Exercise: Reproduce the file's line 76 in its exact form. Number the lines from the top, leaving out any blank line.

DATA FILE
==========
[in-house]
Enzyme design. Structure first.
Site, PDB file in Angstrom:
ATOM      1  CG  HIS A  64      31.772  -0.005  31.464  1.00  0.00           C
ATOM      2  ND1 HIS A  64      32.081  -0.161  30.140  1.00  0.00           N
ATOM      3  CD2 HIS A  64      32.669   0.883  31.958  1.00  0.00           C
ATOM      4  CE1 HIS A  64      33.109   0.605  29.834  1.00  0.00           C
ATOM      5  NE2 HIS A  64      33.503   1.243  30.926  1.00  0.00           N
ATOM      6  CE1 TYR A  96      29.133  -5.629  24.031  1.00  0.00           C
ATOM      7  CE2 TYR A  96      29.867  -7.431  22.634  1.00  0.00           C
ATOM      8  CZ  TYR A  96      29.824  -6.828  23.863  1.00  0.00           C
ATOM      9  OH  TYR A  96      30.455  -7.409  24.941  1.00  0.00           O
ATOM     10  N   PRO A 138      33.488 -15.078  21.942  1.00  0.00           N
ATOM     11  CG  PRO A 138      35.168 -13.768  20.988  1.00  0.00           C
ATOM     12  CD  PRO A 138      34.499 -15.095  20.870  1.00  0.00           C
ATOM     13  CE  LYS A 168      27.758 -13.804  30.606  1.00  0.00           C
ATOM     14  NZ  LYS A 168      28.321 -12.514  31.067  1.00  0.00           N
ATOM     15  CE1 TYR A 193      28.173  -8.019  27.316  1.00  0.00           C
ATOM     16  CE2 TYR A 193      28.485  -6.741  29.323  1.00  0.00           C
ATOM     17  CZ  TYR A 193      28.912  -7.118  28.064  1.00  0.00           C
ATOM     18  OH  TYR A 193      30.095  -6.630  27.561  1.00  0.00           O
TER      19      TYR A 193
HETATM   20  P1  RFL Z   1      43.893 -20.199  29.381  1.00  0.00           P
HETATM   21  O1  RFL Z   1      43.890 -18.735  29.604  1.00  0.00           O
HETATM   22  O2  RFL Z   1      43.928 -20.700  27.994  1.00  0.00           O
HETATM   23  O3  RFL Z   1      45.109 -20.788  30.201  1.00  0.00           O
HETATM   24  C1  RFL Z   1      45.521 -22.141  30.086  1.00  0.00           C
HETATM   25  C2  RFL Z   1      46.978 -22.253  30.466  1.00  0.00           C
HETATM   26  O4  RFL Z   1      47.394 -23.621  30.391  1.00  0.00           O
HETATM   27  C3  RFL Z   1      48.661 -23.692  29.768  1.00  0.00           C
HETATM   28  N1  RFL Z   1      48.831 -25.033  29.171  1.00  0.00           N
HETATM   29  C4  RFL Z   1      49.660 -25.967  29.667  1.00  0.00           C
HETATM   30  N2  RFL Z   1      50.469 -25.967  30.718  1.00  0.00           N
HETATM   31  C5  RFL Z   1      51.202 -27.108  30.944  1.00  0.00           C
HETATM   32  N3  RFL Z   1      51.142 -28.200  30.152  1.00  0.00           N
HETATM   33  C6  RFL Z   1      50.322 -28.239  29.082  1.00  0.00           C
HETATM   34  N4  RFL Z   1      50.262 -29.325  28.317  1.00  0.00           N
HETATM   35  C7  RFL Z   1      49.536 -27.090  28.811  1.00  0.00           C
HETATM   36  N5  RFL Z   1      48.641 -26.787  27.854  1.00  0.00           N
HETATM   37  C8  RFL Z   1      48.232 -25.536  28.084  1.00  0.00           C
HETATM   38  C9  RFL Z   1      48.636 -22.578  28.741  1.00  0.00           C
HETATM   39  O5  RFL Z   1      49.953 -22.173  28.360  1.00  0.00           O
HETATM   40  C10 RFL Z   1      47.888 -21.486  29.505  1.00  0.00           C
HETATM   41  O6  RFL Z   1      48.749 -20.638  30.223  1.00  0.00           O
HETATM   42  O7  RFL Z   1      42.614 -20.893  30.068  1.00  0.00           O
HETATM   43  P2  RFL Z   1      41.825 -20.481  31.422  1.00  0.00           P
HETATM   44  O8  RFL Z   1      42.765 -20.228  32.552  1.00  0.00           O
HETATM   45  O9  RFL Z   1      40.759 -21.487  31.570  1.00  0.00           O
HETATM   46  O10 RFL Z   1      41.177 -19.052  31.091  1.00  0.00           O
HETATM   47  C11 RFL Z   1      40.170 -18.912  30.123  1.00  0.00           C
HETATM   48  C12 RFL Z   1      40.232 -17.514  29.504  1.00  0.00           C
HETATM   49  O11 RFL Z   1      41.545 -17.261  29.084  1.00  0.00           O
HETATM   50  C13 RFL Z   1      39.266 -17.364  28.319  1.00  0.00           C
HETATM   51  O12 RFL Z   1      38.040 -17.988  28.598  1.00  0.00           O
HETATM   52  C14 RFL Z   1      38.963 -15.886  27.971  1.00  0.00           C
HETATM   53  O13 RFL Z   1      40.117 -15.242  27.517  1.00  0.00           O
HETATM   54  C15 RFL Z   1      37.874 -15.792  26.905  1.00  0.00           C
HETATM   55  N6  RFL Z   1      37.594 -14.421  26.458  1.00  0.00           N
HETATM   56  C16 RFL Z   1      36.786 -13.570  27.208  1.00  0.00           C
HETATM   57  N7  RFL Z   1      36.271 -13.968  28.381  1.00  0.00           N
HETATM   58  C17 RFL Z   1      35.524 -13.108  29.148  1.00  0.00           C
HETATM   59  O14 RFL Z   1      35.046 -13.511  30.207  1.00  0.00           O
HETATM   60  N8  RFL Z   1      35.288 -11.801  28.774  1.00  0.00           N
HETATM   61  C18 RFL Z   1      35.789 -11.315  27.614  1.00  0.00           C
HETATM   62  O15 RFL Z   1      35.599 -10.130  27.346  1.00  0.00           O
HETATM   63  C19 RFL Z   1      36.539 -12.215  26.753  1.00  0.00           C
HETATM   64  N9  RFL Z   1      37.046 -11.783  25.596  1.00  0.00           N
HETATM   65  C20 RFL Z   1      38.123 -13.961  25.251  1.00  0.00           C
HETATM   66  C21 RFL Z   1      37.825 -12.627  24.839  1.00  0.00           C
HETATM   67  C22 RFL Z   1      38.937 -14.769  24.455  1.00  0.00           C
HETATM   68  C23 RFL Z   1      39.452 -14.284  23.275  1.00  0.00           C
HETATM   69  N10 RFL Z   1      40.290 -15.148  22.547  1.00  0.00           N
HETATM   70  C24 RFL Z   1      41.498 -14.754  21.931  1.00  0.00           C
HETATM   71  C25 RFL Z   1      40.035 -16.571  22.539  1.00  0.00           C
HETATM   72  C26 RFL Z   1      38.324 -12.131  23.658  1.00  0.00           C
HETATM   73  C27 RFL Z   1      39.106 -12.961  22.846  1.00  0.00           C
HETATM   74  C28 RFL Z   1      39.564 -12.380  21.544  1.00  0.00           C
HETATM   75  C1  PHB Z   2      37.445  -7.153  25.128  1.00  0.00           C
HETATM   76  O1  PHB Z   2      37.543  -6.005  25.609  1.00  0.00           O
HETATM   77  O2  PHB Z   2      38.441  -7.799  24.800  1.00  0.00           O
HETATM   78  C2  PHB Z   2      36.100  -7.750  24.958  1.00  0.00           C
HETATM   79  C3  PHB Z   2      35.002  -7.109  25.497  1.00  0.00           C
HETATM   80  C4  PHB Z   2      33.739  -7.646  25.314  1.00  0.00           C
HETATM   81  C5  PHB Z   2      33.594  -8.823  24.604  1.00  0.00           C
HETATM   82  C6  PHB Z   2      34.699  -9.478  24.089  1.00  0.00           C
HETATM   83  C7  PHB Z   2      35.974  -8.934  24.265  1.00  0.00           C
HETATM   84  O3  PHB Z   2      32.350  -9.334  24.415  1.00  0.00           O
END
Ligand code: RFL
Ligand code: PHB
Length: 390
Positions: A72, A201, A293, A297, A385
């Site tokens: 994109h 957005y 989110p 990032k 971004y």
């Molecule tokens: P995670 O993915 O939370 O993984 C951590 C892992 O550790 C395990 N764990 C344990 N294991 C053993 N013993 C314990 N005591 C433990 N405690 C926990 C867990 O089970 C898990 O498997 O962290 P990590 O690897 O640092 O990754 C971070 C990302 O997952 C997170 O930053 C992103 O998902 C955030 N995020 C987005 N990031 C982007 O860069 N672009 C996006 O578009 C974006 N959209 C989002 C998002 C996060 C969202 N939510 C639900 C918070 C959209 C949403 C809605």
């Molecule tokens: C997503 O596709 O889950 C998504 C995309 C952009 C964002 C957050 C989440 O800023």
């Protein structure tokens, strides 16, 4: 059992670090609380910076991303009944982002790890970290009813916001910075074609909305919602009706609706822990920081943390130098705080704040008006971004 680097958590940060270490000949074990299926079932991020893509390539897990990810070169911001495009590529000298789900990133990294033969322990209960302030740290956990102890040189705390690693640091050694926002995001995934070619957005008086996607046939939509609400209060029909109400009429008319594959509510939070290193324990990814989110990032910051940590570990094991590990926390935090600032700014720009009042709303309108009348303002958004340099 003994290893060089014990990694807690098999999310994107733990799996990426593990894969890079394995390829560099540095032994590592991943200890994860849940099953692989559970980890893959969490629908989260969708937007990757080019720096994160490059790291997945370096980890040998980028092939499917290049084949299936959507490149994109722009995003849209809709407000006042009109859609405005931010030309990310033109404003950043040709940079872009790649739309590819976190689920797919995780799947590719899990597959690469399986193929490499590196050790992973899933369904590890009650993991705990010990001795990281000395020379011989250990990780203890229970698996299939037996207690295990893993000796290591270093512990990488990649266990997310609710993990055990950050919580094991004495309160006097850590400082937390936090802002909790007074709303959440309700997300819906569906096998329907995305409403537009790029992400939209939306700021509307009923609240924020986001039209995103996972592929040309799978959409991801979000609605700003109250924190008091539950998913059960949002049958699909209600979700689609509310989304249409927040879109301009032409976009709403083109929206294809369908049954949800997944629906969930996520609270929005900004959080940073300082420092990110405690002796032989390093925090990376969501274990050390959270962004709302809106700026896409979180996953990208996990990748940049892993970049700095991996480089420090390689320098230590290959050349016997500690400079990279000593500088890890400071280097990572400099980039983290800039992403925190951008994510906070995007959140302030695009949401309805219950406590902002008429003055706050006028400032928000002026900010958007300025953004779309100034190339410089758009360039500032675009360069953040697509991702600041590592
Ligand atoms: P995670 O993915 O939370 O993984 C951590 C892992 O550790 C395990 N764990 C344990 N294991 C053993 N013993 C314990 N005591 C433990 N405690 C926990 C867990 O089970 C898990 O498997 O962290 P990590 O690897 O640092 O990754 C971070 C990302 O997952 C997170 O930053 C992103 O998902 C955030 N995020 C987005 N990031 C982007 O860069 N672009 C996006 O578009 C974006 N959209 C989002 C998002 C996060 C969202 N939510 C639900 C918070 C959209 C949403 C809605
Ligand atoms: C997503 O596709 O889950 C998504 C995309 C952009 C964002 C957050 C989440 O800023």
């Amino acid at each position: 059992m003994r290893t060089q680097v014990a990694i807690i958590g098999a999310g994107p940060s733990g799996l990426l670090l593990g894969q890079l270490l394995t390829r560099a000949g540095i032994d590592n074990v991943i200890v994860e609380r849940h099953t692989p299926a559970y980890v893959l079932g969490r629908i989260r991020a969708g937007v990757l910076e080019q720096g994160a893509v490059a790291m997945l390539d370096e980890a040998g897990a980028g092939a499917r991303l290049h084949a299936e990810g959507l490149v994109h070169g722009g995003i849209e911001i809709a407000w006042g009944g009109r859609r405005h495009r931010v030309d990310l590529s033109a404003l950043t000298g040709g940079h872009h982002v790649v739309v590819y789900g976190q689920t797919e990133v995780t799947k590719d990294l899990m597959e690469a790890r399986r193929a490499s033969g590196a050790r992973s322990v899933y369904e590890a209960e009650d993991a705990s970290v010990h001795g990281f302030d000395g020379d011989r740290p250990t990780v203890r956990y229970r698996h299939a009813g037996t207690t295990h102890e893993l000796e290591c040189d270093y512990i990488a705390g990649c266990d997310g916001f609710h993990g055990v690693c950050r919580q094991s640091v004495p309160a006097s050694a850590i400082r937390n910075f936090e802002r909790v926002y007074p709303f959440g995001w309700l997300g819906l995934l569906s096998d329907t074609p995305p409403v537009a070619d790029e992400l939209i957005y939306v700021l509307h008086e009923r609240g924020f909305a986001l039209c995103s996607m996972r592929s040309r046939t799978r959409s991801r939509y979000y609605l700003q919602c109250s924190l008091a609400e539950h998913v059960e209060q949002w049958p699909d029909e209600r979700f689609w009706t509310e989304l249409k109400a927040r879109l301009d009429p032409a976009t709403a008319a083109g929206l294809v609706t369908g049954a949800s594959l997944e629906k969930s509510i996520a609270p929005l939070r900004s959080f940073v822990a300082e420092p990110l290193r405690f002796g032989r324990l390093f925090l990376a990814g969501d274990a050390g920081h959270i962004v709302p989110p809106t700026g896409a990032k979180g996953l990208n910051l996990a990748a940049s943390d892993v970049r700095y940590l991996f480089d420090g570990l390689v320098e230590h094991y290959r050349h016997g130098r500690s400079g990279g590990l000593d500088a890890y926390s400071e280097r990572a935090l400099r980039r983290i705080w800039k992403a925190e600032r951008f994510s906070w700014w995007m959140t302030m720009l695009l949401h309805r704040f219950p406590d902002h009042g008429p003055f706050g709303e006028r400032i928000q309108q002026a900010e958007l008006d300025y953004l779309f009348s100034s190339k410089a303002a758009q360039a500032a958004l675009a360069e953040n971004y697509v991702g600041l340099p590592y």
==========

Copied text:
HETATM   73  C27 RFL Z   1      39.106 -12.961  22.846  1.00  0.00           C